"And He chose David, His servant, and took him from the sheep corrals. From behind the nursing ewes He brought him, to shepherd Jacob, His people, and Israel, His inheritance." (Psalm 78:70,71)

Have a Shabbat Shalom,
Yosef Ben Shlomo Hakohen (See below)

Related Teachings:

1. A commentary on the Torah known as HaKsav V'HaKabbalah states that one of the reasons why our ancestors chose to be shepherds was to experience an elevation of the soul and awe of the Creator through viewing His wondrous creations. (Commentary to Genesis 4:2)

2. It is written: "And Yaacov journeyed to Succos and built himself a house, and for his flocks, he made succos (booths of shelter); he therefore called the name of the place, Succos" (Genesis 33:17).

It seems strange that Yaacov would name a place "Succos" just because he built there "succos" for his flocks. The Ohr HaChaim, a noted Sephardic kabbalist and biblical commentator, suggests that perhaps Yaacov was the first person to build "succos" - booths of shelter - for his flocks, as a result of his compassion for the animals. Jacob therefore named the place "Succos" in order to commemorate this historic innovation.

3. Our father, Yaacov, was also called Yisrael (Israel). And the Torah records that Yisrael said to his son, Yosef: "Your brothers are pasturing in Shechem...Go now, look into the shalom of your brothers and the shalom of the sheep, and bring me back word." (Genesis 37:13,14)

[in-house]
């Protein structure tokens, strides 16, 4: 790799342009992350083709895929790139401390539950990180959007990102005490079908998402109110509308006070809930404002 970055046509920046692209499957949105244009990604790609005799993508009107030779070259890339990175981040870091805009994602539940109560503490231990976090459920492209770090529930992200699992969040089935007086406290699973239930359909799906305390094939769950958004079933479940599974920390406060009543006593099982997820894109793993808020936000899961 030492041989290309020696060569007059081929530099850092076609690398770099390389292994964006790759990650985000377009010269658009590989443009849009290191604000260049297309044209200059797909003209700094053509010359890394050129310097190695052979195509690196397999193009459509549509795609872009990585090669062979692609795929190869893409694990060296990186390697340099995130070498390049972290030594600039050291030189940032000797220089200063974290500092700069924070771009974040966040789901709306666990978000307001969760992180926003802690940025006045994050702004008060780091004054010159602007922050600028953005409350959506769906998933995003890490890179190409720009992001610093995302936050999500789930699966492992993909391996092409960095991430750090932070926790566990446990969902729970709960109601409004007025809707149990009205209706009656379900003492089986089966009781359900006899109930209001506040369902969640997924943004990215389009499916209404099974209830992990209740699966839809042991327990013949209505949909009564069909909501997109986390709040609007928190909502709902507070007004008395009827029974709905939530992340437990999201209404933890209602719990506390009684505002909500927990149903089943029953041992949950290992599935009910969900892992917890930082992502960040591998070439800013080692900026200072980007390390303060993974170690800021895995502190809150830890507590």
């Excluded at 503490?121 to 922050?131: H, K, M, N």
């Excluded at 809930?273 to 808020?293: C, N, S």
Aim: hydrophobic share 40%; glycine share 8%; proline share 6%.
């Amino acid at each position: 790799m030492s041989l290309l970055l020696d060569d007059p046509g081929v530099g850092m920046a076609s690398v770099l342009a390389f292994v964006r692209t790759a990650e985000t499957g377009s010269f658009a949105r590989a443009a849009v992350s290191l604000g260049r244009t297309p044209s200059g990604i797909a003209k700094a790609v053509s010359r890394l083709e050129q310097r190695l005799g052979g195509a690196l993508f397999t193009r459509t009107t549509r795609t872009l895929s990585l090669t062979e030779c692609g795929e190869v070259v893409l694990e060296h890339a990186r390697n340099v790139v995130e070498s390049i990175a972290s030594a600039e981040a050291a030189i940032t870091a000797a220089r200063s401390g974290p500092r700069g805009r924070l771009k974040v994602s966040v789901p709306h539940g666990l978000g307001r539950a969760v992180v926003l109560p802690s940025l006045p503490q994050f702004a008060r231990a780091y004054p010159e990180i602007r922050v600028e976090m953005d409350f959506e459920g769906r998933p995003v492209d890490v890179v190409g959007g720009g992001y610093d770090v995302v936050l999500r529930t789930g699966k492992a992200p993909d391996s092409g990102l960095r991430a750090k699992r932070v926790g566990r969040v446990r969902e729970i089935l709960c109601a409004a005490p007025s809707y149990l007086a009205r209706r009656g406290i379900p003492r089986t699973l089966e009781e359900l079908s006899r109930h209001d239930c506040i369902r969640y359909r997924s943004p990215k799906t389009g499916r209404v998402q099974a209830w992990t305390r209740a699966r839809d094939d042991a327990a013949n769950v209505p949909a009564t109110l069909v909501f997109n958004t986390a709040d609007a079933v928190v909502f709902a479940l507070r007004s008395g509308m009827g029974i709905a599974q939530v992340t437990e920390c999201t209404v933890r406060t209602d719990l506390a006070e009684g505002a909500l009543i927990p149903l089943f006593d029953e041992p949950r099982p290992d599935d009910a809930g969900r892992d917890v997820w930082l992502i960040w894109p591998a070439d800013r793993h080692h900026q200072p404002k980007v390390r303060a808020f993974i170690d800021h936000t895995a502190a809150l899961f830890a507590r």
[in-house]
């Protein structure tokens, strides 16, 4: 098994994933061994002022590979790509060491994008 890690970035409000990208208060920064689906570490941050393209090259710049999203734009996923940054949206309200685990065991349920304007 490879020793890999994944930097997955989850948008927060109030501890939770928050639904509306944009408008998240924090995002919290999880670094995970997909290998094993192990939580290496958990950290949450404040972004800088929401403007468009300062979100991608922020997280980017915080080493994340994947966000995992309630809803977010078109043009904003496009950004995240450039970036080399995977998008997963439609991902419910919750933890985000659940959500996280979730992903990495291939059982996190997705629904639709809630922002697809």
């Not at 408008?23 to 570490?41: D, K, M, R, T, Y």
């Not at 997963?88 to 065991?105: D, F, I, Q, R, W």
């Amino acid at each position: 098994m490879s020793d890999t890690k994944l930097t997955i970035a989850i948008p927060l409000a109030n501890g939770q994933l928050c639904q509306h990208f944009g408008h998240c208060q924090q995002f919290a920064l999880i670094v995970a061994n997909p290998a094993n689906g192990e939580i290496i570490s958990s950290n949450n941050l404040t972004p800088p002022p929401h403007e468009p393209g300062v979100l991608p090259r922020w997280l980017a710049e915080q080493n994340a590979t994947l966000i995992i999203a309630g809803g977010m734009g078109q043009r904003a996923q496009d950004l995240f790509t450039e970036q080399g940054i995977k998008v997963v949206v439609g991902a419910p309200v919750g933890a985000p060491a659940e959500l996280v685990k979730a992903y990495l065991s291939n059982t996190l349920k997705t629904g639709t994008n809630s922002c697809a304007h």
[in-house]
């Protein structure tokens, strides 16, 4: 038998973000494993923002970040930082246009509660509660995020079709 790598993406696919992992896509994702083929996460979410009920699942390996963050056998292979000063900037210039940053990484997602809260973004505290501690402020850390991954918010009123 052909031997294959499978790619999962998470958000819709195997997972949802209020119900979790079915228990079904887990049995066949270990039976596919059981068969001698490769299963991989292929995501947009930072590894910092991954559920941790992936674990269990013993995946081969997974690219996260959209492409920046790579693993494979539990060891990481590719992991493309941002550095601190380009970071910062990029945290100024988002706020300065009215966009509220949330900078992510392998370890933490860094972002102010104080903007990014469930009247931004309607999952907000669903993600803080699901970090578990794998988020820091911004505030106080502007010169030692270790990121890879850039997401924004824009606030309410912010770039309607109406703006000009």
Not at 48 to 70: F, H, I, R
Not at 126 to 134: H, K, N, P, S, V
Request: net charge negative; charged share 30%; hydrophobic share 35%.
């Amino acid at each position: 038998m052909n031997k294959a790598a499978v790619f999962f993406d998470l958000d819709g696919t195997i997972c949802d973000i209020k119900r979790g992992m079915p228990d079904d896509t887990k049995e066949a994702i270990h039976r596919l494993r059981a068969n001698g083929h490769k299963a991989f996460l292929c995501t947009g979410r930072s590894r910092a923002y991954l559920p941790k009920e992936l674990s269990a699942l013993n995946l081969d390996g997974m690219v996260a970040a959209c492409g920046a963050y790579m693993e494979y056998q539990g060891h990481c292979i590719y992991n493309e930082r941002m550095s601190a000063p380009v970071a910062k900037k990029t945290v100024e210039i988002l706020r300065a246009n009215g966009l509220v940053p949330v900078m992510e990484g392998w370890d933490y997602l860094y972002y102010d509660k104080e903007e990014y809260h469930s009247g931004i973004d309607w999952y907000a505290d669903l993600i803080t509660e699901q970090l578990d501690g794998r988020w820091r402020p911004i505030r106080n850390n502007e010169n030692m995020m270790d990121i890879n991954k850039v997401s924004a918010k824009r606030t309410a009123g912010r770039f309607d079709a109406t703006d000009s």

Yisrael asked Yosef to look into the "shalom" - peace and welfare - of his brothers, and to also look into the shalom of the sheep. Why did the sheep merit a special inquiry about their shalom? Was it simply an expression of concern for his property? According to our tradition, there was a deeper reason for his concern. The Midrash explains that Yisrael inquired about the shalom of the sheep because of a sense of gratitude to the sheep for all the benefits that he received from them. The Midrash states that we can therefore learn from Yisrael's words the following good trait: "A person should inquire about the shalom of anything that he benefited from" (Genesis Rabbah).

Another explanation is given by Rabbi Nosson Tzvi Finkel, a noted sage of the early 20th century who was known as the Alter of Slobodka. He was a leading sage of the Mussar movement which developed a greater emphasis on the study of Torah teachings related to personality refinement and ethical behavior. The Alter of Slobodka explains that Yisrael inquired about the welfare of the sheep in order to emulate the universal Divine compassion and concern. For a person who is truly compassionate will be concerned about the welfare of animals, since all of Hashem's creation is important. (This teaching is cited in the book, "Growth through Torah" by Rabbi Zelig Pliskin. This book offer insights from the Torah portion of each week which enhance each person's ethical and spiritual development.)

Hazon - Our Universal Vision